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In The News




On Tuesday, 31 October 2023 residents of Karmiel, along with citizens throughout the country, will have the opportunity to vote for a new city council and mayor for a five-year period. Election day is now a paid holiday for the working population.


All municipalities, local councils and regional councils will be up for election as will mayors. Top-two run-off elections will be held on Tuesday, 14 November where no leadership candidate won a minimum of 40% of votes cast in the first round.

Two ballot papers are used, colour-coded white for the council, yellow for the mayoral vote and blue for regional local committees where such exist (not Karmiel). All elected councilors and council leaders will assume office 21 days after the election. Unlike national elections where the minimum voter age is 18, the age of eligibility for local elections is 17. Voters must reside in the locality in which they are registered, a minimum of 40 days before the election.

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The Feature 


Why are Ashkenazim forbidden from eating lentils (and other legumes and rice for that matter) on Pesach when Sephardim and Mizrachim enjoy eating them with impunity? It’s a perennial and vexing question to which there appears to be no rational answer. “That’s just the way it is” seems as good an answer as any.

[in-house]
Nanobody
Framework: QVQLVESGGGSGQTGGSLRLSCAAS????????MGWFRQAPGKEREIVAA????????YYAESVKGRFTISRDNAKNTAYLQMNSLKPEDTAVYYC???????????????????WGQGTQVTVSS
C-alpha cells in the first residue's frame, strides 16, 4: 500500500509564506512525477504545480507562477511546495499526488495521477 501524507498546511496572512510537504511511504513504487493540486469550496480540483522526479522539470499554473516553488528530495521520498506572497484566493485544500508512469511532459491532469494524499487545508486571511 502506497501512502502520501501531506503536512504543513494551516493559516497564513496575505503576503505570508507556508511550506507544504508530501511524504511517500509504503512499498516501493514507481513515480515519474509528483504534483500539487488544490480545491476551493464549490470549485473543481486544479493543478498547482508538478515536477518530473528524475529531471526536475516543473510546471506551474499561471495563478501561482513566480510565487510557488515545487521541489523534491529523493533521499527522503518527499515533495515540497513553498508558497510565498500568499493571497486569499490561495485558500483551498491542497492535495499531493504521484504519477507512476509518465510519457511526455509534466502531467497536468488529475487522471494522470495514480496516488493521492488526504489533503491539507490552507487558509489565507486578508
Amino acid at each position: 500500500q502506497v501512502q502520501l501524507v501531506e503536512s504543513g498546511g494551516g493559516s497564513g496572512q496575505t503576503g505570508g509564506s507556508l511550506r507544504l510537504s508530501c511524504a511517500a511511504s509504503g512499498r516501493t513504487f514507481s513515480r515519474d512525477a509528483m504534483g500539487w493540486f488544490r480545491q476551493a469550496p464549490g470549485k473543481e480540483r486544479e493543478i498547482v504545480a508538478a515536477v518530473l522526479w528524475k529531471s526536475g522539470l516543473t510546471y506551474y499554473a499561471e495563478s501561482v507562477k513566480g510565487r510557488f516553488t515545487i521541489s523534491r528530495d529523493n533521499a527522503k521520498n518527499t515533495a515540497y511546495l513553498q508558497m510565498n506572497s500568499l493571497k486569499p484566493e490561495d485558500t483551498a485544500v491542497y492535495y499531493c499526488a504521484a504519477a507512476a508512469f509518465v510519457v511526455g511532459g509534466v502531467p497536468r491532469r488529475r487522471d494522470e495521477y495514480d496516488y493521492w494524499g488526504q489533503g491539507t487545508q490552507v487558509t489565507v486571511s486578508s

Since at least the 13th century, Ashkenazi Jews living outside of Israel have been prohibited from eating kitniyot during the Passover holiday. It may be that this group of foods was originally banned because it was often mixed with wheat, only eaten during Pesach when made into matzah. Another possible reason is that Ashkenazi Jews often viewed lentils with some disdain, dismissing them as a ‘food of the poor’ and only to be eaten in times of famine.

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The Puzzle Corner

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